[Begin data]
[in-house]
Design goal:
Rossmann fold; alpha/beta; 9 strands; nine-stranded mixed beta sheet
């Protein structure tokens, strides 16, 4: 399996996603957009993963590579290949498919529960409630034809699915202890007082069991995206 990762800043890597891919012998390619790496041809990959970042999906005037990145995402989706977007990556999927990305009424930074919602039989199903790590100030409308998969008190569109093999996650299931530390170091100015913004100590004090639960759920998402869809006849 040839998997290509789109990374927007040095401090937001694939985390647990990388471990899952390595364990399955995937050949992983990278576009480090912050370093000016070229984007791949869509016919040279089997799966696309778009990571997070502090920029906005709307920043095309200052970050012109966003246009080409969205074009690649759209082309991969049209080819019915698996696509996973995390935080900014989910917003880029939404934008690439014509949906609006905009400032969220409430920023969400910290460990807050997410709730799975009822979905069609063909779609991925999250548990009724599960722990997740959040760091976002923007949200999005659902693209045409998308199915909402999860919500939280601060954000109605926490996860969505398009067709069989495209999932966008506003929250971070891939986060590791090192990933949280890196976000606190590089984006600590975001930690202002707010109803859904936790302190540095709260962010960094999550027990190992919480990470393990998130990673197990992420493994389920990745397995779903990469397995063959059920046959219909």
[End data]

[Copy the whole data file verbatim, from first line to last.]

[in-house]
Design goal:
Rossmann fold; alpha/beta; 9 strands; nine-stranded mixed beta sheet
């Protein structure tokens, strides 16, 4: 399996996603957009993963590579290949498919529960409630034809699915202890007082069991995206 990762800043890597891919012998390619790496041809990959970042999906005037990145995402989706977007990556999927990305009424930074919602039989199903790590100030409308998969008190569109093999996650299931530390170091100015913004100590004090639960759920998402869809006849 040839998997290509789109990374927007040095401090937001694939985390647990990388471990899952390595364990399955995937050949992983990278576009480090912050370093000016070229984007791949869509016919040279089997799966696309778009990571997070502090920029906005709307920043095309200052970050012109966003246009080409969205074009690649759209082309991969049209080819019915698996696509996973995390935080900014989910917003880029939404934008690439014509949906609006905009400032969220409430920023969400910290460990807050997410709730799975009822979905069609063909779609991925999250548990009724599960722990997740959040760091976002923007949200999005659902693209045409998308199915909402999860919500939280601060954000109605926490996860969505398009067709069989495209999932966008506003929250971070891939986060590791090192990933949280890196976000606190590089984006600590975001930690202002707010109803859904936790302190540095709260962010960094999550027990190992919480990470393990998130990673197990992420493994389920990745397995779903990469397995063959059920046959219909």